By Charles Hugh Smith
Source: Of Two Minds
The cycles of The Fourth Turning, Fischer and Turchin are all in alignment at this point in history..
The 1997 book The Fourth Turning: An American Prophecy proposed a cyclical pattern of four 20-year generations which culminate in a national crisis every 80 years. The book identifies these dates as Fourth Turnings: 1781 (Revolutionary War), 1861 (Civil War) and 1941 (global war). add 80 years and voila, 2021.
I use the term Fourth Turning generically to describe an existential crisis that decisively changes the course of national identity and history.
In other words, we don’t have to accept the book’s theory of generational dynamics to accept an 80-year cycle. There are other causal dynamics in play that also tend to cycle: the credit (Kondratieff) cycle, for example.
While each of the previous existential crises were resolved positively, positive outcomes are not guaranteed: dissolution and collapse are also potential outcomes.
David Hackett Fischer’s book The Great Wave: Price Revolutions and the Rhythm of History proposes another cycle: humans expand their numbers and consumption until they’ve exploited and depleted all available resources.
As resources become scarce, societies and economies unravel as humans do not respond well to rising prices generated by scarcities.
The unraveling continues until consumption is realigned with the resources available. In the past this meant either a mass die-off that drastically reduced human numbers and consumption (for example, The Black Plague), a decline in fertility that slowly reduced population to fit resources, mass migration to locales with more resources or the discovery and exploitation of a new scalable energy source that enabled a new cycle of rising consumption.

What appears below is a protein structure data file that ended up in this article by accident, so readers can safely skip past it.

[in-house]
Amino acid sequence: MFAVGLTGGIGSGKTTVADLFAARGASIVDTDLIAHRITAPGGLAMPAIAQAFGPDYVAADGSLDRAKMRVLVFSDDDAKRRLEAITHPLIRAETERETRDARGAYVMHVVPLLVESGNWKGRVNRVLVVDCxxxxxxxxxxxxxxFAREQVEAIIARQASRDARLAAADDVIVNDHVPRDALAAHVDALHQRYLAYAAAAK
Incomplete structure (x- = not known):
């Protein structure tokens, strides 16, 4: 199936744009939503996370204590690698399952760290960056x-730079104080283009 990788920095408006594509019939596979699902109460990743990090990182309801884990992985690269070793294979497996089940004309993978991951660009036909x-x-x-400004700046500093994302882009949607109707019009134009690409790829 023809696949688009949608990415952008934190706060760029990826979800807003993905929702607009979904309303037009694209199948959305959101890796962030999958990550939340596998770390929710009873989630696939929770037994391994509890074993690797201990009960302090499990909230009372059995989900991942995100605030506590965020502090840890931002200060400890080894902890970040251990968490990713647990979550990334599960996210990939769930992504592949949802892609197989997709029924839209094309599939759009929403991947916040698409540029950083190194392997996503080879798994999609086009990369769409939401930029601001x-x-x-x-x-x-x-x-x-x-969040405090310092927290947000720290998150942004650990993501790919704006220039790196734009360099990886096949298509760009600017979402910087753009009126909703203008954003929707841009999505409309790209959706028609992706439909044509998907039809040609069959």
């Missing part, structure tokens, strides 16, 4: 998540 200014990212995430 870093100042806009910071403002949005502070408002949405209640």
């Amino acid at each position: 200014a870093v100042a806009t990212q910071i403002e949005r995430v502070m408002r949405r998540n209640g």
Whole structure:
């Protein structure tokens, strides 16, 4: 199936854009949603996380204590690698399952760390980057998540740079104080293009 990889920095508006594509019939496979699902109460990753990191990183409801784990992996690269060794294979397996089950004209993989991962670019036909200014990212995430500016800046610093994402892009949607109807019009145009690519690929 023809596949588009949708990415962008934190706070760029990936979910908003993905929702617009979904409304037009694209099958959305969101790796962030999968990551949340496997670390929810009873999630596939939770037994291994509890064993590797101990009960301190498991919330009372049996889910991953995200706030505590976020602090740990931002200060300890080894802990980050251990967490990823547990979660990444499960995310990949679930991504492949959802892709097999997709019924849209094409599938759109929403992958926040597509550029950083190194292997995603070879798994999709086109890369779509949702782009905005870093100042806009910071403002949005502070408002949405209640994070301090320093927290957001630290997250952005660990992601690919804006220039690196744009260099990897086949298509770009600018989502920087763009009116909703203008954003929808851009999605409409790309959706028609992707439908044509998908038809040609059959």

The 14th century Black Death reduce Europe’s population by roughly 40%, enabling depleted forests to regrow and depleted agricultural land to restore fertility.
Once the human population regained its numbers and consumption in the 17th century, wood was once again under pressure as the key source of energy, shipbuilding, housing, etc.
The development of steam power and the technologies of mining enabled the exploitation of coal, which soon replaced wood as the primary energy source.
Oil and natural gas added to the energy humans could tap, followed (at a much more modest level) by nuclear power. Despite gargantuan investments, the recent push to develop solar and wind energy has yielded very modest results, as globally these sources provide about 5% of total energy consumption. (See chart below)
It’s self-evident that despite breezy claims of endless expansion of consumption, the global human population has now exceeded the resources available for practical extraction. Energy, fresh water, wild fisheries and fertile soils have all been exploited and the easy/cheap-to-extract resources have been depleted.
(The chart below of global CO2 emissions is a proxy for energy / resource consumption.)
So once again it’s crunch-time: either we proactively reduce consumption to align with available resources, or Nature will do it for us via scarcities.
Peter Turchin proposed another socio-economic cycle of 50 years in his book Ages of Discord: in the integrative stage, people find reasons to cooperate. In the disintegrative stage at the end of the cycle, people no longer find much common ground or reasons to cooperate. Political, social and financial extremes proliferate, culminating in a rolling crisis.